Kids care — about lemonade, cookies and curing childhood cancer.
Katy was very excited to join the fourth and fifth grade Kids Care Club. It’s not a club in that you join and meet once a week and have officers and stuff. The parent volunteers in charge come up with service opportunities, send permission slips home with all fourth and fifth graders and whoever wants to can stay for the meetings. So you might do one or two or you might go to all of them. The first project was Lemonade Wars to support an organization called Cure Childhood Cancer. At the meeting at school, the kids heard about the organization, heard from a fellow student who had an “older baby sister” die from cancer (born and died before this little girl was born) and made posters for the lemonade stands. The idea was for the different subdivisions to have lemonade stands at the same time, selling for the same price and see who brings in the most money.
Then another set of permission slips went home to see who wanted to do a lemonade stand and which parents were willing to coordinate it. I figured our subdivision wouldn’t have a big response, so I offered to be a coordinator. I was right, only one other Colony Glen child signed up. So we were paired with a neighboring subdivision that had three children from two families sign up and no willing coordinator. I figured little kids have lemonade stands all the time, how hard can it be?
And it really wasn’t that hard. We had it over at Willow Run. The biggest thing was how much lemonade? I had every family bring two gallons. Ha! We only sold about two gallons. I wish I thought to count the cups. I had a partial bag of cups we finished off so I don’t even know how many we started with. A couple of parents brought cookies and I think we may have sold more cookies than lemonade. I know we had a few cookie-only customers.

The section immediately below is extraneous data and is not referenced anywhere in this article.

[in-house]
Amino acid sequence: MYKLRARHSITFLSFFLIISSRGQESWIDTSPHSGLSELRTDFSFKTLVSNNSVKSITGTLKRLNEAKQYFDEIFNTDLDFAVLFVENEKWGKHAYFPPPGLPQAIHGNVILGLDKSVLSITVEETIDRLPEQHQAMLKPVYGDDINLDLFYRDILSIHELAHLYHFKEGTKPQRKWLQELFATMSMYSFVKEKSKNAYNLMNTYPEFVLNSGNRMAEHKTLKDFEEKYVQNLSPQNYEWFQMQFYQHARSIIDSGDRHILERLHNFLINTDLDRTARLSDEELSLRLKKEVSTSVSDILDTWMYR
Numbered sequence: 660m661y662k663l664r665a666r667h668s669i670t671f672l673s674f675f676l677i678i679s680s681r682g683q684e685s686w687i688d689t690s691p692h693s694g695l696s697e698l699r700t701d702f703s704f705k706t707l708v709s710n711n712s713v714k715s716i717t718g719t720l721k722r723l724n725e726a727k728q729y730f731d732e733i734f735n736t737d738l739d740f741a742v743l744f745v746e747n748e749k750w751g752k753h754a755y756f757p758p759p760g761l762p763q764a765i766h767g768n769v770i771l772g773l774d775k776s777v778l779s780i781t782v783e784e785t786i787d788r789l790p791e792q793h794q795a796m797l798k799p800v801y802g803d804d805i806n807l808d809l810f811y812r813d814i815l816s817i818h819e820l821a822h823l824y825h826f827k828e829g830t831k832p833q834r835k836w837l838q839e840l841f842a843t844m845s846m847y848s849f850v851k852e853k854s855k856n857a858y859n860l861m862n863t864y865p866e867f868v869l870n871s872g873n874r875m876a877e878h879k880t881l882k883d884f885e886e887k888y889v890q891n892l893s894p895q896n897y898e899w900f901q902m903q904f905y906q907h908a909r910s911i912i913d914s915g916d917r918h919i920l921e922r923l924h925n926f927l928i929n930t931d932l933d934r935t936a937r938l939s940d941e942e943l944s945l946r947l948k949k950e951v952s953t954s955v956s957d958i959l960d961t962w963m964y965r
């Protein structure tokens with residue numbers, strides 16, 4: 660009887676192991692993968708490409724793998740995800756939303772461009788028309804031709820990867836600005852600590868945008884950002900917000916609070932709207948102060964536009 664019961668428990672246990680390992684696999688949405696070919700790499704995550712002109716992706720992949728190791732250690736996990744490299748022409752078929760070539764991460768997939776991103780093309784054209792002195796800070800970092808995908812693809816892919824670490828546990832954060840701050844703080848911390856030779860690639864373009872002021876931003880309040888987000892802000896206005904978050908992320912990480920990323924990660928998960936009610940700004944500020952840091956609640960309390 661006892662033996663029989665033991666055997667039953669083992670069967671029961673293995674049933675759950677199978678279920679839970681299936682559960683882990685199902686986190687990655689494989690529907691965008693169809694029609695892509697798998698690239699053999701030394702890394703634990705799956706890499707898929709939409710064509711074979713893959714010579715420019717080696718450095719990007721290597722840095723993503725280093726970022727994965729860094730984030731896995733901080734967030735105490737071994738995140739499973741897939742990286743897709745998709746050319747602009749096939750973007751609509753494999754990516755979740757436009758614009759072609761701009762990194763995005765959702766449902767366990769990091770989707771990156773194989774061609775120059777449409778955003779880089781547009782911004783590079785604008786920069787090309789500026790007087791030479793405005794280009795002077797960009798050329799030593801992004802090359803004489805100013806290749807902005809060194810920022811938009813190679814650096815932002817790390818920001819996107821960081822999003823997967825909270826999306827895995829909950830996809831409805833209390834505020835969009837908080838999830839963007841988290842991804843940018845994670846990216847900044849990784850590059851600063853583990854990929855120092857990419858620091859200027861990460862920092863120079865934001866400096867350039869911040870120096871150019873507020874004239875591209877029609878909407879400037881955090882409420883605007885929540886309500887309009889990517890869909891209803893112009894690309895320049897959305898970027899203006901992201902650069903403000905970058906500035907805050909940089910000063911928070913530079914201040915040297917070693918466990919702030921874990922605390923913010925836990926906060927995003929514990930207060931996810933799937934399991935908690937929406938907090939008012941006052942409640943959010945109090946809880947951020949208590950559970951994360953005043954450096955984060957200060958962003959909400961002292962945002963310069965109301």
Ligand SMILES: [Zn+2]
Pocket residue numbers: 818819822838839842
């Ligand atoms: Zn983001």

It was a busy little stand. We had a family come by with several adults and little kids. We kept a running total and they had $8 worth of purchases. And at one point, we had several cars lined up, so I had to the kids do curb-service.
In the end we made $94.24. I imagine we’ll come in last. I printed up flyers and we passed them out to Dolvin families around the subdivision and to other neighbors. We must have given out 30 flyers. We had two Colony Glen customers — the dads of the two volunteers. I have several ideas for things to do differently next year, but my biggest idea is to let someone else do it!